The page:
Man wearing hearing protection in his workshop to protect his hearing.

Is your hearing protection failing to protect your hearing? Here are 3 things to watch for.

Whether you’re at home or at work, sometimes you encounter something that can impede the performance of your hearing protection. That’s hard to cope with. After all, you’re trying to do what you’re supposed to do! When you go to a show, you use your earplugs; At work, you wear earmuffs every day; and you do your best to steer clear of Uncle Joe who is constantly yelling in your ear.

Here’s the point, when you’re doing everything correctly but you’re still having problems, it can be discouraging. Luckily, you can take some steps to protect yourself once you learn what kinds of things can interfere with the performance of your hearing protection. And this will keep your hearing protection working effectively even when you’re having a bit of difficulty.

1. Using The Wrong Type of Hearing Protection

There are two handy and basic categories of ear protection: earmuffs and earplugs. As the names may indicate, earplugs are small and can be pushed directly inside the ear canal. Earmuffs look like a pair of 70’s headphones, but instead of tunes, they provide protection for your hearing by muting external sound.

  • Earplugs are recommended when you’re in a place where the sound is comparatively continuous.
  • When loud sounds are more intermittent, earmuffs are recommended.

The reasons for that are fairly obvious: you’ll want to remove your ear protection when it isn’t noisy, and that’s easier to do with earmuffs than earplugs. Earplugs take a little more work to put in and are easy to lose track of so you may find yourself needing to replace lost plugs when you need them most.

Use the correct form of hearing protection in the right scenario and you should be okay.

2. Your Hearing Protection Can be Impacted by Your Anatomy

There are many variables in human anatomy from one individual to another. That’s why your Uncle Joe has such a large set of vocal cords and your vocal cords are more normal sized. That’s also why you may have a smaller than average ear canal.

This can cause issues with your hearing protection. Disposable hearing protection is often a one size fits all mentality, or at best, a small, medium, large scenario. So, maybe you give up in frustration because you have small ear canals, and you quit using any hearing protection.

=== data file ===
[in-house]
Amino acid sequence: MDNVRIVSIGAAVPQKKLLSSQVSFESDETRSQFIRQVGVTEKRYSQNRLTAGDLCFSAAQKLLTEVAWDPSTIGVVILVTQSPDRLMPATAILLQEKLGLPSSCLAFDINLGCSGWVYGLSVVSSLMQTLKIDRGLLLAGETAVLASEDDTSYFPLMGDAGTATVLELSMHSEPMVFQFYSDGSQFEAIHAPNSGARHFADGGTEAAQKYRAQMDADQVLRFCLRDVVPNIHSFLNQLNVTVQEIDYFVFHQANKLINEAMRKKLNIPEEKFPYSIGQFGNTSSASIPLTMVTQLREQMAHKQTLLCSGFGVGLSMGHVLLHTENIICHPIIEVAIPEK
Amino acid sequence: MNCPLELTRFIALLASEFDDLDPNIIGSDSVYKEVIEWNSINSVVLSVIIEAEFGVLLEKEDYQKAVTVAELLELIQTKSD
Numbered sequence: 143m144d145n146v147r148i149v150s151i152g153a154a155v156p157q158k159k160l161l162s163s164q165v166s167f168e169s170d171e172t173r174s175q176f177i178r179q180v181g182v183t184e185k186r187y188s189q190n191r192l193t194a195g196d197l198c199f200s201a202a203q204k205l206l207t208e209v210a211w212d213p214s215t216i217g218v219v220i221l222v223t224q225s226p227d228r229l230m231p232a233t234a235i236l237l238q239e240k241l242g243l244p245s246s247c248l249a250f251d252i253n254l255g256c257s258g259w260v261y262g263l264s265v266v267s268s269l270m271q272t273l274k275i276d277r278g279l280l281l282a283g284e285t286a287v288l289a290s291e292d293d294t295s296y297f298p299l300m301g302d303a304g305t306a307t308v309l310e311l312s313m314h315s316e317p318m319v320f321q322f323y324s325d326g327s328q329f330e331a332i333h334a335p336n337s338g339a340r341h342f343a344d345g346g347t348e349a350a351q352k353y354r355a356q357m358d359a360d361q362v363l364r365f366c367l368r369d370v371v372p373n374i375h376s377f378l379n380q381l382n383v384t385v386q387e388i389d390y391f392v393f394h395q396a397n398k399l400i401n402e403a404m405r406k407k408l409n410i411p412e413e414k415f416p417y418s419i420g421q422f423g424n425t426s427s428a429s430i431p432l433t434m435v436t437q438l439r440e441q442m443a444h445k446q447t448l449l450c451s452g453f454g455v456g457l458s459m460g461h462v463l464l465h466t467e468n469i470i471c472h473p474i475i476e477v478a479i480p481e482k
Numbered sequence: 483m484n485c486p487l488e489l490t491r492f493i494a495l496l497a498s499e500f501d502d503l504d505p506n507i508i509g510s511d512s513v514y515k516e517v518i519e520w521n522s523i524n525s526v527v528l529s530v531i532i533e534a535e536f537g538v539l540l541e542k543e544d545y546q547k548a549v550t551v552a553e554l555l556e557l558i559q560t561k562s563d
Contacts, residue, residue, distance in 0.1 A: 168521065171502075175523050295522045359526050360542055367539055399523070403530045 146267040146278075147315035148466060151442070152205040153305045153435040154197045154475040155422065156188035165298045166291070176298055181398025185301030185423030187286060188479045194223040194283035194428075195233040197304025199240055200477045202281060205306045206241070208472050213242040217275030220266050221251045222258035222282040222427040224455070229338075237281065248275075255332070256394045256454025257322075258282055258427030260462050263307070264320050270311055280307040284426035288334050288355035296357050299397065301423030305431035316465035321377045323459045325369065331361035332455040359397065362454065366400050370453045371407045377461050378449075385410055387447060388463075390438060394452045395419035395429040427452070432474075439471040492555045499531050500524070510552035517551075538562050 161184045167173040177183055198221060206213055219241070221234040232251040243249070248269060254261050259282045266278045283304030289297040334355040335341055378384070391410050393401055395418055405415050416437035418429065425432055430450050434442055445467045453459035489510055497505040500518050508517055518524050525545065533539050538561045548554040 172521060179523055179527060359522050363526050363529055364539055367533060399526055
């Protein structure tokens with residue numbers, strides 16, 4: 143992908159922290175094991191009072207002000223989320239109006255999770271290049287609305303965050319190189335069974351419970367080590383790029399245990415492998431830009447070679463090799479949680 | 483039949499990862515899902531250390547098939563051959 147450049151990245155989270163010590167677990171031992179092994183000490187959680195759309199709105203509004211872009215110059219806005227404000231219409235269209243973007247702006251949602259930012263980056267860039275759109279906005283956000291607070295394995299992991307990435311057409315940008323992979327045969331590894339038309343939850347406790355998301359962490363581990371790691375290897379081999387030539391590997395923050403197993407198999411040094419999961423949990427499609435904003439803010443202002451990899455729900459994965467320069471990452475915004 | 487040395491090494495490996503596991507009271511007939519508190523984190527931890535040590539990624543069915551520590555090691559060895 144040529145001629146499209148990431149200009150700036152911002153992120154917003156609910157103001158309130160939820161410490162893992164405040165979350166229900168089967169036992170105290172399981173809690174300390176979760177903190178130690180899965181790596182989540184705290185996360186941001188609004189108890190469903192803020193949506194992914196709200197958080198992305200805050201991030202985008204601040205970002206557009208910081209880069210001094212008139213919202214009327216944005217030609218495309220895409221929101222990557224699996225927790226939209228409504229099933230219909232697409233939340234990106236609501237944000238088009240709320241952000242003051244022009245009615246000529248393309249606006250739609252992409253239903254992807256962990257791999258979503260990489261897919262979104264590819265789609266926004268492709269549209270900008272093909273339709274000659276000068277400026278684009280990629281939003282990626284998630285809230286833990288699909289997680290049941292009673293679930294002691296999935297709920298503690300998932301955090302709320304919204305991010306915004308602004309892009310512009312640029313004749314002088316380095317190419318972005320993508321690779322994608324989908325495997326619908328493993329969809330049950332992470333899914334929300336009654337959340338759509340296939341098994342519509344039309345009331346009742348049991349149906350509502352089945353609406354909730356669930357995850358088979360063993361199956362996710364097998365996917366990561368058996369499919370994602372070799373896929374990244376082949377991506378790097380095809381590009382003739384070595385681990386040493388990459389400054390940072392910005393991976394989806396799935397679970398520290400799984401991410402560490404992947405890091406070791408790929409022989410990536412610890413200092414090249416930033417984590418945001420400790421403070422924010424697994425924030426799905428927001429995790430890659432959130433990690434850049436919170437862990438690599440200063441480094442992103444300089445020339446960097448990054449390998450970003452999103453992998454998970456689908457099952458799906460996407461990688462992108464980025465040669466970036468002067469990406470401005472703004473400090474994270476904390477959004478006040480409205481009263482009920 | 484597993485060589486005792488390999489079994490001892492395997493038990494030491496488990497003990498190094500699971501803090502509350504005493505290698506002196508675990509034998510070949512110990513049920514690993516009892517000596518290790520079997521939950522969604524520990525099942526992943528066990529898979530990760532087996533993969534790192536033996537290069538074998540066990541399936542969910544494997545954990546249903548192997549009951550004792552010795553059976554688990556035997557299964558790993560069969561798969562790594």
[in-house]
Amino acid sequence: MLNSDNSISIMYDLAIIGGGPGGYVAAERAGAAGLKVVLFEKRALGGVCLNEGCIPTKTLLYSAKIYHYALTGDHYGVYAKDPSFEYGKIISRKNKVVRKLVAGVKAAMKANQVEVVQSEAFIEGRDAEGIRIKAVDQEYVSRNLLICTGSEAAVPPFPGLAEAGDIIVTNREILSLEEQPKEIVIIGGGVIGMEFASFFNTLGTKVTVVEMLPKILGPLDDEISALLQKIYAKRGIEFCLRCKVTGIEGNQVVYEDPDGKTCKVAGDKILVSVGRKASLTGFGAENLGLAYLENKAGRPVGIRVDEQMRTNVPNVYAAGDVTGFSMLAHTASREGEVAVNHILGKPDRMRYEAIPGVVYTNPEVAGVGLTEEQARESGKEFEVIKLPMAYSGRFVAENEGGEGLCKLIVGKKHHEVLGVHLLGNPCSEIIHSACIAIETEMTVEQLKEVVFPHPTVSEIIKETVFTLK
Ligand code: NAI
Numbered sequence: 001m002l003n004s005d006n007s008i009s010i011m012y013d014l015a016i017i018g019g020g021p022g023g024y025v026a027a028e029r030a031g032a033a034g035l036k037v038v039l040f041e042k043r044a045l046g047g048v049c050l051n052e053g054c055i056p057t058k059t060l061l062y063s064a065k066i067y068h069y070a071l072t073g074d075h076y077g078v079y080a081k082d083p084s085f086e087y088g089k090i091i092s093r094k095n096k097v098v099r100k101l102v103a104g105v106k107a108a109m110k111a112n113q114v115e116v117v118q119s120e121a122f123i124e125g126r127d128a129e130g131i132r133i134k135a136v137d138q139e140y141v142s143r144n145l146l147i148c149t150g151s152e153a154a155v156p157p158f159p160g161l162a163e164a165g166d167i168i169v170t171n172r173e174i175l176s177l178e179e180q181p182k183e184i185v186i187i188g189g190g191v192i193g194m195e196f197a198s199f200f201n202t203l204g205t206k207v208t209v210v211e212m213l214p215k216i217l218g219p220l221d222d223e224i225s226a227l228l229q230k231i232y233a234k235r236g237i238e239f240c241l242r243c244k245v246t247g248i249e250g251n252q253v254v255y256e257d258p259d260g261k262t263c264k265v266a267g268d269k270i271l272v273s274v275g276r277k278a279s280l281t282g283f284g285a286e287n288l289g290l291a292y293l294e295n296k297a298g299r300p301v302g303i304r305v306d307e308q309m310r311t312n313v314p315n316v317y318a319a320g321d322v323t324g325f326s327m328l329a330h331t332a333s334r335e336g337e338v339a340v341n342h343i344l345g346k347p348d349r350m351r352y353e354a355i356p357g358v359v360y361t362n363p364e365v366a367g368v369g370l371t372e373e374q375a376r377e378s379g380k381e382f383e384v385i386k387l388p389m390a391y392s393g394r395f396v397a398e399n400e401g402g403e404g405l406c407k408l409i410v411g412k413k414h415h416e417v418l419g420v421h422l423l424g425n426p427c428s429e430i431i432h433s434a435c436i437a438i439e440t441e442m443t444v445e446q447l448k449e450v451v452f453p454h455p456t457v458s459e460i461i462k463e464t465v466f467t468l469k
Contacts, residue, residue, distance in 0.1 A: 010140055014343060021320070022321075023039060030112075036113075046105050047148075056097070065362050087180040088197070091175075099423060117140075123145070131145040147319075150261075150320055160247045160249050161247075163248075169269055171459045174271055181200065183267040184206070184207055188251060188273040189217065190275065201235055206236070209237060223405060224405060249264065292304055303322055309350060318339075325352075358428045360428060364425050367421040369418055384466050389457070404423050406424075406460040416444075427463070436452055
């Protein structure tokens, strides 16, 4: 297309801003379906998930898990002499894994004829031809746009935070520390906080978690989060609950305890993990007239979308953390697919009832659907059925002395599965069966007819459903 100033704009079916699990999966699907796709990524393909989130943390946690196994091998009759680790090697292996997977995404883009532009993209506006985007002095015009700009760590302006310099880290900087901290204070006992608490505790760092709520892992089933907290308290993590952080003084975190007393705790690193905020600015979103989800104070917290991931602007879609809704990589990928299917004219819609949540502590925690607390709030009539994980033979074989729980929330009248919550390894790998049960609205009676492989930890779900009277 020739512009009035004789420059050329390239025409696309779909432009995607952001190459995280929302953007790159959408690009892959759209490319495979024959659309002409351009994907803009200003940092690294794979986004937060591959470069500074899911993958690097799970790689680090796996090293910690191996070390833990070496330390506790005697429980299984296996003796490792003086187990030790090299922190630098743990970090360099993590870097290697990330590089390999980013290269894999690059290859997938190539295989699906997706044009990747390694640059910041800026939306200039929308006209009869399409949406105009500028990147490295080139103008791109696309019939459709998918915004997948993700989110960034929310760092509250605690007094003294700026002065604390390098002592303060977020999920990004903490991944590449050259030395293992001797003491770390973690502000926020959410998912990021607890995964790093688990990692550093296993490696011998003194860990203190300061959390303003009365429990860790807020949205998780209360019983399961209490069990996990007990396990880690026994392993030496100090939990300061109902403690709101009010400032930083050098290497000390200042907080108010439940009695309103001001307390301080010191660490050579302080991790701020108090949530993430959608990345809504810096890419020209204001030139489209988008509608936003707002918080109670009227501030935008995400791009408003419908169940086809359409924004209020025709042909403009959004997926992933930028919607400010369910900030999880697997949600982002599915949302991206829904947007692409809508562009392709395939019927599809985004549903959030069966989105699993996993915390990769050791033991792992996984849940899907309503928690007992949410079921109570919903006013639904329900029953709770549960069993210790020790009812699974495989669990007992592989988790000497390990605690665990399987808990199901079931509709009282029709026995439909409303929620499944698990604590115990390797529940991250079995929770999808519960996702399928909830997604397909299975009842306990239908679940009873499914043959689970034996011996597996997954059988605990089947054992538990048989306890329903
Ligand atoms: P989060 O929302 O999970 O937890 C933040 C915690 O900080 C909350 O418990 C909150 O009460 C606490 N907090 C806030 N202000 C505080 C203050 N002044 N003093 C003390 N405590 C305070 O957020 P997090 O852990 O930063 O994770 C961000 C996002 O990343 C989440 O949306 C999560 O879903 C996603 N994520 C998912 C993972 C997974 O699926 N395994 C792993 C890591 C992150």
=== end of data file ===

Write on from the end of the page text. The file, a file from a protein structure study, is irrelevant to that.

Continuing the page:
If you find yourself in this scenario, you might turn away from the hearing protection you were trying to give yourself, leaving you in danger of hearing damage. Another example of this is individuals with large ears who frequently have a hard time getting earmuffs to fit comfortably. For people who work in noisy environments, a custom fit pair of hearing protection is a smart investment.

3. Check Your Hearing Protection For Signs of Wear

If you’re wearing your hearing protection daily, you should give yourself a gold star. But day-to-day usage will cause wear and tear to your hearing protection which you need to keep an eye on.

  • Check the band on earmuff protection. The band will need to be replaced if the elastic is worn out and no longer holds the earmuffs tight.
  • Replace cushions on earmuffs every once in a while (typically, when those cushions are no longer pliable, they’re ready to be replaced).
  • Your hearing protection needs to be kept clean. Earwax serves a practical function in your body but it can also build up on your hearing protection. Be sure you wash your hearing protection completely by taking them apart before you clean them. Be cautious not to drop your earplugs down the drain.

If you want to get maximum benefit, you need to perform regular maintenance on your hearing protection. It’s important that you have a consultation with us if you have any questions on how to care for your hearing protection or want to learn more about the things that can impede their performance.

You need your hearing. It’s worth taking the time to protect it properly.

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The site information is for educational and informational purposes only and does not constitute medical advice. To receive personalized advice or treatment, schedule an appointment.
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